As expected and hoped for by many healthcare providers, the Centers for Medicare & Medicaid Services on Monday proposed permanently adopting some telehealth and therapy coverage expansions during the COVID-19 pandemic.
But therapy advocates expressed concern that proposed cuts to rehab therapy could be even worse than last year’s highly criticized 8% reduction.
“From what we can tell so far, rehab therapy is cut more than what was in last year’s rule,” said Cynthia Morton, the executive vice president for the National Association for the Support of Long Term Care. “The cut is 9%. Last year the reduction was 8%.
“Also, CMS wants to reduce the conversion factor by more than $3,” she added. “So a double-whammy, all while providers are trying to keep services continuing to patients, especially trying to maintain access to therapy for nursing facility patients.”
On the telehealth end of Monday’s announcements, only the timing of President Trump’s executive order to have Health and Human Services extend “as appropriate” certain telehealth waivers was in question for many close observers.
Originally widened only for rural providers, telehealth expansions under public health emergency conditions have allowed coverage of some doctor visits that took place without qualifying in-person consultations first. They also have broadened access to physical, occupational and speech language pathology services.
The frequency of telehealth interventions figures to stay extremely high if Monday’s announced proposal proceeds as planned. Since the pandemic struck and federal regulators allowed expanded use of telehealth coverage for physician and certain other clinical visits, their use has been 40 times the rate of a year earlier, according to federal figures.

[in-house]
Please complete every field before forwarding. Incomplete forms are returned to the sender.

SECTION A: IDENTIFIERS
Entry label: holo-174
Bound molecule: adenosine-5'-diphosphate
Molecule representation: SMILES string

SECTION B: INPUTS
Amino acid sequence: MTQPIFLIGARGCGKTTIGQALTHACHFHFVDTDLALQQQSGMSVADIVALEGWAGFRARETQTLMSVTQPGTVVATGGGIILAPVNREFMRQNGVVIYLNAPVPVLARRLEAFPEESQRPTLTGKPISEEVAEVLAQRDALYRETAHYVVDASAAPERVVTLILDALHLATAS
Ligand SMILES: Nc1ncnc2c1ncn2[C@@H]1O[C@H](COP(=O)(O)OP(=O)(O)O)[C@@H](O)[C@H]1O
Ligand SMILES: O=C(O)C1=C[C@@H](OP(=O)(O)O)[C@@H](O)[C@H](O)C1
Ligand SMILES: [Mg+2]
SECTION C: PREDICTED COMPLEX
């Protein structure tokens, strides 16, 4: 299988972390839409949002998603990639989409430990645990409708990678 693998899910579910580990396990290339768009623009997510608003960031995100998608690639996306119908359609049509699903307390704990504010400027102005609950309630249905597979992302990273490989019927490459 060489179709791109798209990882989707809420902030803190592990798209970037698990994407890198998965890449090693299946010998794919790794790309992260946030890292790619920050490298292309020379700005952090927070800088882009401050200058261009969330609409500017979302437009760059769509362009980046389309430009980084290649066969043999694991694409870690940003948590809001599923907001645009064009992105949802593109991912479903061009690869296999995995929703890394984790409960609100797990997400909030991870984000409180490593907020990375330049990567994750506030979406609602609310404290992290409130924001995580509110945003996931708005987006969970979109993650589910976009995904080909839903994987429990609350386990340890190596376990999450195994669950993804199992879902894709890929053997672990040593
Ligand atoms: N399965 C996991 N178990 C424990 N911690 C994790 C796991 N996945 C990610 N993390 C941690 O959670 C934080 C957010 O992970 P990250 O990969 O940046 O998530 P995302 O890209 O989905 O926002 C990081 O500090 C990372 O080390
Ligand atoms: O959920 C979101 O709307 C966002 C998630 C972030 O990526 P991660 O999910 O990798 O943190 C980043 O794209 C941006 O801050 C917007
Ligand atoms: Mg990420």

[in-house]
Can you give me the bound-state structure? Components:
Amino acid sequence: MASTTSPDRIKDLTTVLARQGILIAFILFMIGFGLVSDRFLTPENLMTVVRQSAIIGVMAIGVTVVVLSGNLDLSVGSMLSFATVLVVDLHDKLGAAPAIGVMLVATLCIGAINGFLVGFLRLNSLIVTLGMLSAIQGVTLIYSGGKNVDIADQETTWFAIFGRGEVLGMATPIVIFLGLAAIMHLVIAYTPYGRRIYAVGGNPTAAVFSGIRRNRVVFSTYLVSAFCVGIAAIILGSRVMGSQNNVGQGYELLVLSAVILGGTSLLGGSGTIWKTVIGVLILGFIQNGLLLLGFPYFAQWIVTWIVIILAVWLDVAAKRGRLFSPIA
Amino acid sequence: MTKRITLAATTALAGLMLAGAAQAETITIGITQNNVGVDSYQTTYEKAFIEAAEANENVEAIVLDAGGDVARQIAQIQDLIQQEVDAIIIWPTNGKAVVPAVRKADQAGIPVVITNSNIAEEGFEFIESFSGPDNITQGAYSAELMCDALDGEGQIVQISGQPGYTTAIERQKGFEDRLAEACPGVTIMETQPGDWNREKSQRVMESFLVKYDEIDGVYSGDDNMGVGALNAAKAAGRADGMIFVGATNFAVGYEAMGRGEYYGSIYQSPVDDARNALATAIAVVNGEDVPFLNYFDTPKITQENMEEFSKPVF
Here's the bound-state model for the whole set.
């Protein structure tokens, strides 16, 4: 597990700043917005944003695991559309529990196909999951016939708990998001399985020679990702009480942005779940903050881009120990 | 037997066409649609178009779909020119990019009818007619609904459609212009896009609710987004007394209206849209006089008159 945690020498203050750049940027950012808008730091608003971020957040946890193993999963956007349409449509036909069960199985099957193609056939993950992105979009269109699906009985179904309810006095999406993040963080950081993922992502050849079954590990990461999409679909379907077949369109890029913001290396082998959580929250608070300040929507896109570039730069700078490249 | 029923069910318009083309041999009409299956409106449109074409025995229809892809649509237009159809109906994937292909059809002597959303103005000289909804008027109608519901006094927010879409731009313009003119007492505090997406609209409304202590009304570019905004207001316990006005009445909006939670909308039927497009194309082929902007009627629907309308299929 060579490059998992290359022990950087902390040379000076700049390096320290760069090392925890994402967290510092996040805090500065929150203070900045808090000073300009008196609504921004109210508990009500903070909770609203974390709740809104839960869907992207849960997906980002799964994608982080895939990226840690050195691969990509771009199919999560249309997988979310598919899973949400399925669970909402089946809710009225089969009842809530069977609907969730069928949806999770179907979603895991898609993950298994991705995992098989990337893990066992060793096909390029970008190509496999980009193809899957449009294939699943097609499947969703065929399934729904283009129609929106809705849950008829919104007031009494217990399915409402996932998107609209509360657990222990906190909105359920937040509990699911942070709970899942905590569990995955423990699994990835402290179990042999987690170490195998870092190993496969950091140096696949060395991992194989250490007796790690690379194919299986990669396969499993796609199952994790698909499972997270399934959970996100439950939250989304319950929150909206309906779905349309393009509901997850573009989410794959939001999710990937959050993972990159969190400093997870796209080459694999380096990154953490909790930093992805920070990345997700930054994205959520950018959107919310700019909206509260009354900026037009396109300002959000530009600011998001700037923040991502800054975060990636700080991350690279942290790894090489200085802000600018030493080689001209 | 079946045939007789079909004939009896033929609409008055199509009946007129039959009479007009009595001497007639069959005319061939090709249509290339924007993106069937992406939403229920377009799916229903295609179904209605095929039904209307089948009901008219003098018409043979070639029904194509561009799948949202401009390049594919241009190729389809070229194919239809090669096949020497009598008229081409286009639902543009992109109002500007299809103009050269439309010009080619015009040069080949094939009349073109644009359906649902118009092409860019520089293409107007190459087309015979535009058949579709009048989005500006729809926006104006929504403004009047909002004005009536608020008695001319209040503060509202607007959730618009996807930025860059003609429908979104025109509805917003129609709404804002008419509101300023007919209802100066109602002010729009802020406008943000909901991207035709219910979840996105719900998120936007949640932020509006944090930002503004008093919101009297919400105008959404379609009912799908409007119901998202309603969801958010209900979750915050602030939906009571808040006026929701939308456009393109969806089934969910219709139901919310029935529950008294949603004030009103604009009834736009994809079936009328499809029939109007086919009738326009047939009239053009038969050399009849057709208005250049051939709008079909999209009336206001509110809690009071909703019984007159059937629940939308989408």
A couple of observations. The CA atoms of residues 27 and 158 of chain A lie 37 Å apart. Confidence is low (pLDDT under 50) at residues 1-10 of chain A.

CMS Administrator Seema Verma said Monday that elderly Medicare beneficiaries have flocked to the expanded telehealth services during the pandemic, according to the federal government: About 10.1 million Medicare-eligible seniors received a virtual visit between March and July, Verma said, compared to about 13,000 per week prior to the pandemic.
She and many proponents have recently expressed “no going back” sentiments publicly.
On Monday, however, Verma also cautioned that CMS and HHS had limited authority and that federal lawmakers would have to pass legislation to institute some changes.
“We cannot make telehealth available permanently outside of rural areas, nor can we permanently expand the list of providers authorized to provide it,” Verma told reporters. “Any extension of the removal of restrictions on the site of care, eligible providers, and non-rural areas must come from Congress. The legislative branch then has an essential role to play in following through on this historic opportunity.”
Certain mental health services and office visits are among the areas that would be extended under the proposal.
A CMS fact sheet issued Monday said that nursing homes would be allowed to increase telehealth visit coverage from once every 30 days to once every three days.
The agency said it is also accepting comments as to whether it should remove frequency limitations altogether. The fact sheet also noted that the rule considers making permanent the allowance of “maintenance therapy” by occupational and physical therapy assistants.
“We are making this proposal because we no longer believe all such maintenance therapy services require the PT or OT to personally perform them and to better align our Part B policy with that paid under Part A in skilled nursing facilities and the home health benefit where maintenance therapy services may be performed by a PT/OT or a PTA/OTA,” CMS said.